• Dana-Farber/Brigham and Women's Cancer Center's Colon and Rectal Cancer Center brings together experts who specialize in treating rectal cancer. (
  • An integrated team of medical specialists, nurses specializing in rectal cancer, and other support staff collaborate in the management of your care. (
  • It is important to be seen quickly if you've been diagnosed with rectal cancer so you can start treatment and possibly enter a clinical trial. (
  • Rectal surgeons at Brigham and Women's Hospital (BWH) are the surgical team for the DF/BWCC's Gastrointestinal Cancer Treatment Center, a unique center uniting some of the world's foremost GI cancer experts. (
  • Guideline] Vogel JD, Eskicioglu C, Weiser MR, Feingold DL, Steele SR. The American Society of Colon and Rectal Surgeons Clinical Practice Guidelines for the Treatment of Colon Cancer. (
  • Global Markets Direct's, 'Rectal Cancer - Pipeline Review, H1 2020', provides an overview of the Rectal Cancer pipeline landscape. (
  • The report provides comprehensive information on the therapeutics under development for Rectal Cancer, complete with analysis by stage of development, drug target, mechanism of action (MoA), route of administration (RoA) and molecule type. (
  • Additionally, the report provides an overview of key players involved in therapeutic development for Rectal Cancer and features dormant and discontinued projects. (
  • Primary adenocarcinoma of the anal canal is rare, and many of these tumors represent rectal cancer with downward spread. (
  • Prognosis of anal adenocarcinomas is worse than it is with either anal squamous cell cancer or distal rectal adenocarcinoma. (
  • The management of adenocarcinomas arising in the anal canal should follow the same principles as those applied to the treatment of rectal cancer. (
  • conventional laparoscopic surgery for rectal cancer were studied for risk of conversion to open surgery. (
  • Some early rectal cancers and most polyps can be removed during a colonoscopy . (
  • Deaths: 50,260 (colon and rectal cancers combined). (
  • For staging purposes, such tumors are classified as rectal cancers if their epicenter is located more than 2 cm proximal to the dentate line or proximal to the anorectal ring on digital examination, and as anal canal cancers if their epicenter is 2 cm or less from the dentate line. (
  • Treatment for rectal cancers depend on the size and location of the tumor as well as other factors. (
  • Although there are many complex terms and designations for abscesses in the various potential spaces of the ano-rectal region, a simple rectal examination can usually determine if an abscess requires surgical referral for drainage. (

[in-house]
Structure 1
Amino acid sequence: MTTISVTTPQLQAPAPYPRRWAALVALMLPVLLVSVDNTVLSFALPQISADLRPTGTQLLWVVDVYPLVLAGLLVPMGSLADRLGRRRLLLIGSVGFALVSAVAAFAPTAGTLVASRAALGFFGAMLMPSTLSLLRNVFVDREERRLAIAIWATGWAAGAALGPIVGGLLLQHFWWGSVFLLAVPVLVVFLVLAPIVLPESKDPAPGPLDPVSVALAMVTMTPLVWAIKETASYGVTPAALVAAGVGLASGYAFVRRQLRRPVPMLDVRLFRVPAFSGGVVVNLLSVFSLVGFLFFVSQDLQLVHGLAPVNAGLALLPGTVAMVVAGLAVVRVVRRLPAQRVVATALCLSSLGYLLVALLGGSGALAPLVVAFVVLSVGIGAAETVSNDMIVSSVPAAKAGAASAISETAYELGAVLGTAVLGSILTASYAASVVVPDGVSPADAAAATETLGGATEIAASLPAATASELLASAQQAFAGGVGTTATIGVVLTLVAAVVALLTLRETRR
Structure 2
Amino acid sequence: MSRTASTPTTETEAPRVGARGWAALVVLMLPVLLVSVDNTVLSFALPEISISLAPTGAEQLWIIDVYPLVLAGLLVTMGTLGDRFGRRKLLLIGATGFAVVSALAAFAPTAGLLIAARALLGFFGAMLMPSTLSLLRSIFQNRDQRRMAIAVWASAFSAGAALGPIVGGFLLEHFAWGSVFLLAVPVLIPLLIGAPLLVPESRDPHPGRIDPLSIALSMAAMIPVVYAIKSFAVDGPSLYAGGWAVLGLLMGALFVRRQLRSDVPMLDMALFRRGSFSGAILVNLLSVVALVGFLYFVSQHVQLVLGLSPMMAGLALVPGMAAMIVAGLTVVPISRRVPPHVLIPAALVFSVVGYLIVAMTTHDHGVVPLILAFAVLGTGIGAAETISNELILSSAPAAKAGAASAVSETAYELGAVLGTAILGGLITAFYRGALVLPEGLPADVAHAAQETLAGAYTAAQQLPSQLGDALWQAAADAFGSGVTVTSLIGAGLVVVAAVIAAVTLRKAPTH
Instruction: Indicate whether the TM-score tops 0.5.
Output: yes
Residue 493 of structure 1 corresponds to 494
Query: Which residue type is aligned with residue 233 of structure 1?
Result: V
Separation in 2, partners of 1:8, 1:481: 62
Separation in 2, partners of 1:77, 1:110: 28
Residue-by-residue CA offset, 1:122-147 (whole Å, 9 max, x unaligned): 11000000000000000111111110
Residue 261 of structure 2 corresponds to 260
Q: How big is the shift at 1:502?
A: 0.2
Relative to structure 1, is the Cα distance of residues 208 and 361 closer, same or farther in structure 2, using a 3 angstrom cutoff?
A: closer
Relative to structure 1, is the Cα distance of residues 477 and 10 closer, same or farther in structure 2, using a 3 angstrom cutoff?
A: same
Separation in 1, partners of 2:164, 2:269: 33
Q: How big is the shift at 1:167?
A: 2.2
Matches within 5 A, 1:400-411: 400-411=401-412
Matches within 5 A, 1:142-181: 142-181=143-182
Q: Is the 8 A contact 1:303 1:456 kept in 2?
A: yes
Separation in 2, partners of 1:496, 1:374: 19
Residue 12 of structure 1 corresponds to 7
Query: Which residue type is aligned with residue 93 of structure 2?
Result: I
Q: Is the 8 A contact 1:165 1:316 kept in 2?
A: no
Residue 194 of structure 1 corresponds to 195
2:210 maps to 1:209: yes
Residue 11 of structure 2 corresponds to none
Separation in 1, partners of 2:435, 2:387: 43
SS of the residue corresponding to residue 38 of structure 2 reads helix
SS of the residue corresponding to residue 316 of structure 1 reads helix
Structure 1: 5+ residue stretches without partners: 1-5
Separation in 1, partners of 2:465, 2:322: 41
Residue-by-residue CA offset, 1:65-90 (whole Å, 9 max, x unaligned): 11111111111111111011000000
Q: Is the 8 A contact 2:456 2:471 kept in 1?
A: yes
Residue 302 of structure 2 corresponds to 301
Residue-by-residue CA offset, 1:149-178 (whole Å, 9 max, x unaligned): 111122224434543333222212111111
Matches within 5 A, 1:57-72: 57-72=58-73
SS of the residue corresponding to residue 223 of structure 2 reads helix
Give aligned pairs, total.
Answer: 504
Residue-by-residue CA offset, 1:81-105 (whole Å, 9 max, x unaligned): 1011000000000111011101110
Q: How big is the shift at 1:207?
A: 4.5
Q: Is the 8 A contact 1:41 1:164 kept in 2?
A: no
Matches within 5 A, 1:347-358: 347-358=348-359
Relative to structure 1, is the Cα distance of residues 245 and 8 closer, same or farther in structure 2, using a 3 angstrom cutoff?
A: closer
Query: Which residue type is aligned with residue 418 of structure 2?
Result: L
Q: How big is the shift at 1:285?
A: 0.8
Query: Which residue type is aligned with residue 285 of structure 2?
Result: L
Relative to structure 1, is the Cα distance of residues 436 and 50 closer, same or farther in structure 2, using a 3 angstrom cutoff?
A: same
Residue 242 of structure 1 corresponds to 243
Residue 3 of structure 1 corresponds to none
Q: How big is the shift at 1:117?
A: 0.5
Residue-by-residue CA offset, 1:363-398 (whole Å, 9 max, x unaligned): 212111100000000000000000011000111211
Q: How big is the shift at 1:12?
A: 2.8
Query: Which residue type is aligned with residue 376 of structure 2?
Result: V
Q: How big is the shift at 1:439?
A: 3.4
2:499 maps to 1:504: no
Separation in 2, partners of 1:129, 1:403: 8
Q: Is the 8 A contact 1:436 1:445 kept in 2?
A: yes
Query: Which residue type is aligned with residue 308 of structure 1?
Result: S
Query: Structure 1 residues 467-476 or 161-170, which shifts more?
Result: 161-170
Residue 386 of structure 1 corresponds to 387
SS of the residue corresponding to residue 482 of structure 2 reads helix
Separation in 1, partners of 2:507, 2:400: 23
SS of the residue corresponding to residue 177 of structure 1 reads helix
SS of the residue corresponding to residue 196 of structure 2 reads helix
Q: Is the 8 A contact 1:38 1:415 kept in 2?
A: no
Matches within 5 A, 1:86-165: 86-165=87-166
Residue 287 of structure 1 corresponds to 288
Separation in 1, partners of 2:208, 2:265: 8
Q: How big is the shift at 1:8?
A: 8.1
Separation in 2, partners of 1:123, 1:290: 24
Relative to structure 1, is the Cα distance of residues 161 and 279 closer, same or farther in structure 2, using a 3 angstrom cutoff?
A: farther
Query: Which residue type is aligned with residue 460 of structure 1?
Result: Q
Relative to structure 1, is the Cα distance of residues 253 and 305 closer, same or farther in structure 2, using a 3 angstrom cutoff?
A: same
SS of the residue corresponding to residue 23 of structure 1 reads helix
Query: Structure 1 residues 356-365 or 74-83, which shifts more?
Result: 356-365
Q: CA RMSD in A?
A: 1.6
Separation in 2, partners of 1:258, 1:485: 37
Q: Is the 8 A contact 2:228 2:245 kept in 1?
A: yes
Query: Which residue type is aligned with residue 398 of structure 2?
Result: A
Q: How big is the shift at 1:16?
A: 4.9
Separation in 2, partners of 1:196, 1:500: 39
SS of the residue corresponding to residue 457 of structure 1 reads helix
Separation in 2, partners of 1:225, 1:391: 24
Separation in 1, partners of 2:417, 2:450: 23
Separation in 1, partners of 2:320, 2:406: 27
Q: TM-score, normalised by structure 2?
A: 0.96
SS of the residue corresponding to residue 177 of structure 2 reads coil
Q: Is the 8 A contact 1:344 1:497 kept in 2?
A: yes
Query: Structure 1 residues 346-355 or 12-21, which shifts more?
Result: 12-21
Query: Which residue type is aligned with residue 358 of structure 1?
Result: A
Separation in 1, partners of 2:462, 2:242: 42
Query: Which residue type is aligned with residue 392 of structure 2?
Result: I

• Severe pain or fluctuance ascending proximally along the ano-rectal canal should alert the clinician to the presence of a deeper (perirectal) abscess. (
  • The abscess can be drained under local anesthesia in the doctor's office. (
  • Retrograde amnesia may be associated with the administration of anesthesia and adjuncts, causing the patient to forget events occurring in the immediate postoperative period. (
  • The postoperative approach should parallel treatment of rectal adenocarcinoma. (
  • Premedication is the preoperative nasal, oral, rectal, intramuscular or intravenous administration of sedative drugs to lower the patient's fear of surgical intervention, achieve sedation and anxiolysis, and decrease the amount of anesthetics needed. (
  • Colonoscopies are done either under twilight sedation or general anesthesia . (
  • Local anesthesia is often suboptimal in these cases and procedural sedation should be seriously considered. (
  • Perianal Fistulas Perianal fistula Treatment Options Anal Sac Tumor Causes of Rectal Bleeding. (
  • rectal bleeding (rectal suspension). (
  • After surgery there can be a risk of complications, including infection, too much bleeding, reaction to anesthesia , or accidental injury. (
  • Although rectal bleeding is common, only about one-third of those affected seek treatment. (
  • However, Honolulu colon/rectal surgeons are in agreement that some of the procedures they perform are avoidable with a little preventative care. (
  • The American Society of Colon and Rectal Surgeons Clinical Practice Guidelines for the Surgical Management of Crohn's Disease. (
  • The American Society of Colon and Rectal Surgeons Clinical Practice Guidelines for the Treatment of Left-Sided Colonic Diverticulitis. (
  • The American Society of Colon and Rectal Surgeons Clinical Practice Guidelines for the Management of Inherited Polyposis Syndromes. (
  • However, a publication by the American Society of Colon and Rectal Surgeons stated that internal rectal intussusception involved the mucosal and submucosal layers separating from the underlying muscularis mucosa layer attachments, resulting in the separated portion of rectal lining "sliding" down. (